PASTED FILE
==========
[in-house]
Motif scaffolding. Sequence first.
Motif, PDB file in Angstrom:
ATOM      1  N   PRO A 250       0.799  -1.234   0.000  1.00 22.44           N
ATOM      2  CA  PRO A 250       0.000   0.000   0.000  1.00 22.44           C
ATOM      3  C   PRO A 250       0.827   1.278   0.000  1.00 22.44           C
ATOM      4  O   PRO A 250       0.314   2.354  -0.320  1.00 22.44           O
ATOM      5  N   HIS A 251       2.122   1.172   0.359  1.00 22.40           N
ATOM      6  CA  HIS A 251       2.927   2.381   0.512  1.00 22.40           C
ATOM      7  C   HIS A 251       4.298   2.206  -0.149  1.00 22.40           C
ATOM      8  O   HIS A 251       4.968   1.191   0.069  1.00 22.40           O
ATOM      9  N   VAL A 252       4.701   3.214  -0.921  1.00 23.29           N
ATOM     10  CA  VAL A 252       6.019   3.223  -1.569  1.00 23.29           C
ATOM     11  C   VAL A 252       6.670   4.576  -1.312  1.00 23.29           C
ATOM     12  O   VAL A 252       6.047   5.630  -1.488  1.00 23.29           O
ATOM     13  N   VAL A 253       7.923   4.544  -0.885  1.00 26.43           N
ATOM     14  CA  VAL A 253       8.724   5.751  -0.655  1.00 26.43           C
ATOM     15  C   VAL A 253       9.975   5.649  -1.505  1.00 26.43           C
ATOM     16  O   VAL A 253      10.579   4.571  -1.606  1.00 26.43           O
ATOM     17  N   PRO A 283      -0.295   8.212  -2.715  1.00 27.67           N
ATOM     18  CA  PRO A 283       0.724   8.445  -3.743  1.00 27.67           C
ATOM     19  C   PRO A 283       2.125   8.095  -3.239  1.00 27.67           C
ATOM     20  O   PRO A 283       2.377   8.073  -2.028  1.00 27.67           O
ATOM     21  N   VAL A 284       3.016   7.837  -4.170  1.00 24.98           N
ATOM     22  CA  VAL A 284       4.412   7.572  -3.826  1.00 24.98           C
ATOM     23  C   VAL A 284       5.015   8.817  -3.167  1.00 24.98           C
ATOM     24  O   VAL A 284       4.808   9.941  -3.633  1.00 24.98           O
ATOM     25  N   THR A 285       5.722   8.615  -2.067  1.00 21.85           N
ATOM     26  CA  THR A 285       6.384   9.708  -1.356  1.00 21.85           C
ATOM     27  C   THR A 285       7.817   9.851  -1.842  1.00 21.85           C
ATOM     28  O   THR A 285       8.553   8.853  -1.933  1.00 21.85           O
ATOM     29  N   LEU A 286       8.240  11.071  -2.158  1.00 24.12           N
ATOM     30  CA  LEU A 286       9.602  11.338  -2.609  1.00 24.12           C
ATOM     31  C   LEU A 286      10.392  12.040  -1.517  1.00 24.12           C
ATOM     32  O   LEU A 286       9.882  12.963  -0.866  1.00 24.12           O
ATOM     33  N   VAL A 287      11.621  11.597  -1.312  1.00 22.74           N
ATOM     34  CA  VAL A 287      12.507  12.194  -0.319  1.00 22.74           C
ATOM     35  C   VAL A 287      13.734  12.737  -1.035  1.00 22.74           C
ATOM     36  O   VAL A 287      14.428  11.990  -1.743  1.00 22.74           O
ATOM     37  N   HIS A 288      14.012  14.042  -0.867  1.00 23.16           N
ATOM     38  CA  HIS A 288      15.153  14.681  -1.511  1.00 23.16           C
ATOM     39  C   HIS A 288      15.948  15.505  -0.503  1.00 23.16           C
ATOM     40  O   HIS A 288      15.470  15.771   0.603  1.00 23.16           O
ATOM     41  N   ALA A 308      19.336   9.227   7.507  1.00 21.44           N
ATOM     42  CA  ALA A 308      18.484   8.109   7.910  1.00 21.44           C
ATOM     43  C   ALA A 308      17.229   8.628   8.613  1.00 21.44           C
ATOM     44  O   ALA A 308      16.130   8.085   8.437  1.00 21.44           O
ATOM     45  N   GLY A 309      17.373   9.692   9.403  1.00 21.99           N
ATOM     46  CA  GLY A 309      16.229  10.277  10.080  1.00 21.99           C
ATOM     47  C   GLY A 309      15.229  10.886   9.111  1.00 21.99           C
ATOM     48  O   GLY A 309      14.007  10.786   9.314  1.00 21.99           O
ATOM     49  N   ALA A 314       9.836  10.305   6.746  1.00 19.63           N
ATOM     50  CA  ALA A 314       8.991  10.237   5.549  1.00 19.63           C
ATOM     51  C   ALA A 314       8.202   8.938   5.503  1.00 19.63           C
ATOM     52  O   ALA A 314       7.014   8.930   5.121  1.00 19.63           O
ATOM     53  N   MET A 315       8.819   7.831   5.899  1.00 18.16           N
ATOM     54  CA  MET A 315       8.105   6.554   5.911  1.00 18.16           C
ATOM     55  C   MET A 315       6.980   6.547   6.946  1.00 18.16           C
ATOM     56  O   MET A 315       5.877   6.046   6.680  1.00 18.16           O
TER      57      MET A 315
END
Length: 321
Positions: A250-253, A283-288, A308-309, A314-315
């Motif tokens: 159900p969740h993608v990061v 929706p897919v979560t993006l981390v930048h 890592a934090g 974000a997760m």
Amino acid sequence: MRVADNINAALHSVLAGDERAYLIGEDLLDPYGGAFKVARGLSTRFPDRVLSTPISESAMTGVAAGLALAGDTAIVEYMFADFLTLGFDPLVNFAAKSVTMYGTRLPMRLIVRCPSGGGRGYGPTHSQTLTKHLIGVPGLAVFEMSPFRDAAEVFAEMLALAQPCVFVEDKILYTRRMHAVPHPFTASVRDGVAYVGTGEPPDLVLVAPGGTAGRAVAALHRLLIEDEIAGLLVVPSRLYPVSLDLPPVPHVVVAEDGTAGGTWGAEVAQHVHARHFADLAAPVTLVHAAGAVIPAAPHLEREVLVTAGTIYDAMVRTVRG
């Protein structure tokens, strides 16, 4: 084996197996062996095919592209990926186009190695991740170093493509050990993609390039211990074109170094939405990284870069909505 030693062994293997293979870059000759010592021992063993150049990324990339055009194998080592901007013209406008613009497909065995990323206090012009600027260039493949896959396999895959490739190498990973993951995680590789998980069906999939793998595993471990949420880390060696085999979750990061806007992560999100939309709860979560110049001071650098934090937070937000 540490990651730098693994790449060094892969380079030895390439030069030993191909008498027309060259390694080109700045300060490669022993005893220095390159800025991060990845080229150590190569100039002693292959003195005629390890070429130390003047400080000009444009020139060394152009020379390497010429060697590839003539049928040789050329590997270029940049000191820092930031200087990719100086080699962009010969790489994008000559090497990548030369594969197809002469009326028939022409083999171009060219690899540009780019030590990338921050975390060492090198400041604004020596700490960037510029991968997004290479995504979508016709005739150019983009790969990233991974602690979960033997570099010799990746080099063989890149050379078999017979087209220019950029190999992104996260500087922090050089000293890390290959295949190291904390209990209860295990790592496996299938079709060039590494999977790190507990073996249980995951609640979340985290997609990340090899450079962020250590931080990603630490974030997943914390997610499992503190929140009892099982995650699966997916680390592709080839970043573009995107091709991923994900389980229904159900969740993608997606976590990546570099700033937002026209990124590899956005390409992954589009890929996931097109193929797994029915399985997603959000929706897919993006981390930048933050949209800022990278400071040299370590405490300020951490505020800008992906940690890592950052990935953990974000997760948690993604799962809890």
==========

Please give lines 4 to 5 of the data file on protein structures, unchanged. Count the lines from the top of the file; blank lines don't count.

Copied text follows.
ATOM      1  N   PRO A 250       0.799  -1.234   0.000  1.00 22.44           N
ATOM      2  CA  PRO A 250       0.000   0.000   0.000  1.00 22.44           C